DOJ: News Release

Governor Approves Upper Clark Fork Restoration Projects

HELENA – Governor Martz approved four restoration projects in the Upper Clark Fork River Basin that had been recommended for funding by the Trustee Restoration Council.
The four projects approved by the governor total approximately $8.8 million:

  • Greenway Service District, “Silver Bow Creek Greenway,” $4,955,273 ($2,449,940 for 2003 and $2,505,333 for 2004)
  • Butte-Silver Bow Local Government, “Drinking Water Infrastructure Replacement Year 2,” $1,168,842
  • Anaconda-Deer Lodge County, “Main Street and Bowman Field Water Distribution Upgrade,” $749,942
  • The Conservation Fund, “Stuart Mill Bay Acquisition,” $2,000,000

“I’m pleased to give the final approval to these four projects that will help make the basin’s natural resources healthy and provide opportunities for the public to enjoy those resources,” said Martz. “They will improve the delivery of clean water to Butte and Anaconda residents, restore fish and wildlife habitat along Silver Bow Creek and provide public access to these restored areas, and preserve the natural resources and historical public use of the Stuart Mill Bay area at Georgetown Lake,” she added.

Funding comes from the partial settlement of a lawsuit brought by the state in 1983 to recover damages to natural resources caused by decades of mining and smelting in the Butte-Anaconda area.
The state sued the Atlantic Richfield Co. in 1983 and settled several portions of the lawsuit in 1998, receiving $215 million. About $130 million of that is earmarked to restore the injured natural resources in the Upper Clark Fork River Basin between Butte and Milltown Dam near Missoula.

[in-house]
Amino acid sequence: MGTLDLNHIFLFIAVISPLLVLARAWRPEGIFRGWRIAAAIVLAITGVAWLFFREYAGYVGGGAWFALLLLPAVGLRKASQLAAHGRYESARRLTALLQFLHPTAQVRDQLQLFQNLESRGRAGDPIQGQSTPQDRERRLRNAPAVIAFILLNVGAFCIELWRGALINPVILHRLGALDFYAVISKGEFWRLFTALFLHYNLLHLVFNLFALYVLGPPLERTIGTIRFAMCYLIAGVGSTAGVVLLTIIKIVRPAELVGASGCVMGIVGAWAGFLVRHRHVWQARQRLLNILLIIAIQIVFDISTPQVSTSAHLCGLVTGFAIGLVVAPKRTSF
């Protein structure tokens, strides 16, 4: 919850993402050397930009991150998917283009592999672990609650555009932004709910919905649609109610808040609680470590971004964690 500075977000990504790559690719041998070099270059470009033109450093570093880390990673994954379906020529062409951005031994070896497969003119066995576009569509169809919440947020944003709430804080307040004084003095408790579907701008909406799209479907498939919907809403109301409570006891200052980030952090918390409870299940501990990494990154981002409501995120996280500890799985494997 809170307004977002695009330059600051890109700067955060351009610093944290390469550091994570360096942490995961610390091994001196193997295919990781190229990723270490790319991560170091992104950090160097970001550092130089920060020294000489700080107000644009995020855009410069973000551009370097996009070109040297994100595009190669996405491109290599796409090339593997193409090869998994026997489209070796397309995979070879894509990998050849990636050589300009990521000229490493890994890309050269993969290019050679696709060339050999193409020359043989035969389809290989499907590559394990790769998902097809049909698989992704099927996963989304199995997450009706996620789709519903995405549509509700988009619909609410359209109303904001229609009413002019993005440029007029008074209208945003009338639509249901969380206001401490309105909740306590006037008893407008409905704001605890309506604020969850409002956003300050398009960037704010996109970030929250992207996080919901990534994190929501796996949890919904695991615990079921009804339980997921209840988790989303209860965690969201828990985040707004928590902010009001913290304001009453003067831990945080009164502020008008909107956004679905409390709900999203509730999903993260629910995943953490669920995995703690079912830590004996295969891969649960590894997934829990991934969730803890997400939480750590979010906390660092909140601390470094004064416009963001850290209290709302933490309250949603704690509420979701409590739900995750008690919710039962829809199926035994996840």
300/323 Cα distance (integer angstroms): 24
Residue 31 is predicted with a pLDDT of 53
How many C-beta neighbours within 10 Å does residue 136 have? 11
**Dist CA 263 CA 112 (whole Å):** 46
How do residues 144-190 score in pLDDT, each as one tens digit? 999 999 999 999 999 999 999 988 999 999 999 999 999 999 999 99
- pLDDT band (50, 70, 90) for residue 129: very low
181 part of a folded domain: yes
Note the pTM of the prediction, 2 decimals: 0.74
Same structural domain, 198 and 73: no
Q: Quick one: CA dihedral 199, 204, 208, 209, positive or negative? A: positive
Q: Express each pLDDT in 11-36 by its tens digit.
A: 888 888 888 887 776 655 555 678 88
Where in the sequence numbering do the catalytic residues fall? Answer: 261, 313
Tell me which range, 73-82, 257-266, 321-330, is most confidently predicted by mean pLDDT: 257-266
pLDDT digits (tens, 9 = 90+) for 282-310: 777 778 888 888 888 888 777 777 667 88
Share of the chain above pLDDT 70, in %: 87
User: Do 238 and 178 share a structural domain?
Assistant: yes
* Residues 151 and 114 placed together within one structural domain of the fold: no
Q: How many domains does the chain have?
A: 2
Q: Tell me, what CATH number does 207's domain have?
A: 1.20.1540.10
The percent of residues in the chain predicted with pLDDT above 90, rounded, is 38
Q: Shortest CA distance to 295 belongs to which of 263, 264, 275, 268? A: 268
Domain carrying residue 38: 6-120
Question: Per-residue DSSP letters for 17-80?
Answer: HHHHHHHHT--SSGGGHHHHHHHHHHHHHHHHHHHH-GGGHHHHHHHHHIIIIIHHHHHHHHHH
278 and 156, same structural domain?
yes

The state has developed guidelines for spending the funds, outlining a process in which governmental and private entities and individuals could submit grant proposals for restoration projects. The Natural Resource Damage Program, which is part of the Montana Department of Justice, administers the grant process. This is the third year for the grant program.

In March, the program received five grant applications totaling approximately $10.8 million. Four projects were judged as meeting all the minimum qualification determinations and one project failed. The program staff and the Upper Clark Fork River Basin Remediation and Restoration Education Advisory Council reviewed the four proposals and made recommendations to the Governor’s Trustee Restoration Council. That council – made up of the governor’s chief of staff, the attorney general, the directors of the state’s three natural resource agencies and the chairman of the advisory council – recommended the four projects for funding in a draft work plan that was submitted for public comment. After considering the public comment, the Council recommended that the Governor fund all four projects for a total of $8,874,057.

Successful grant recipients will enter into contracts with the state Natural Resource Damage Program to implement the projects. Applications for next year’s grant cycle will be available in early January and due in early March.

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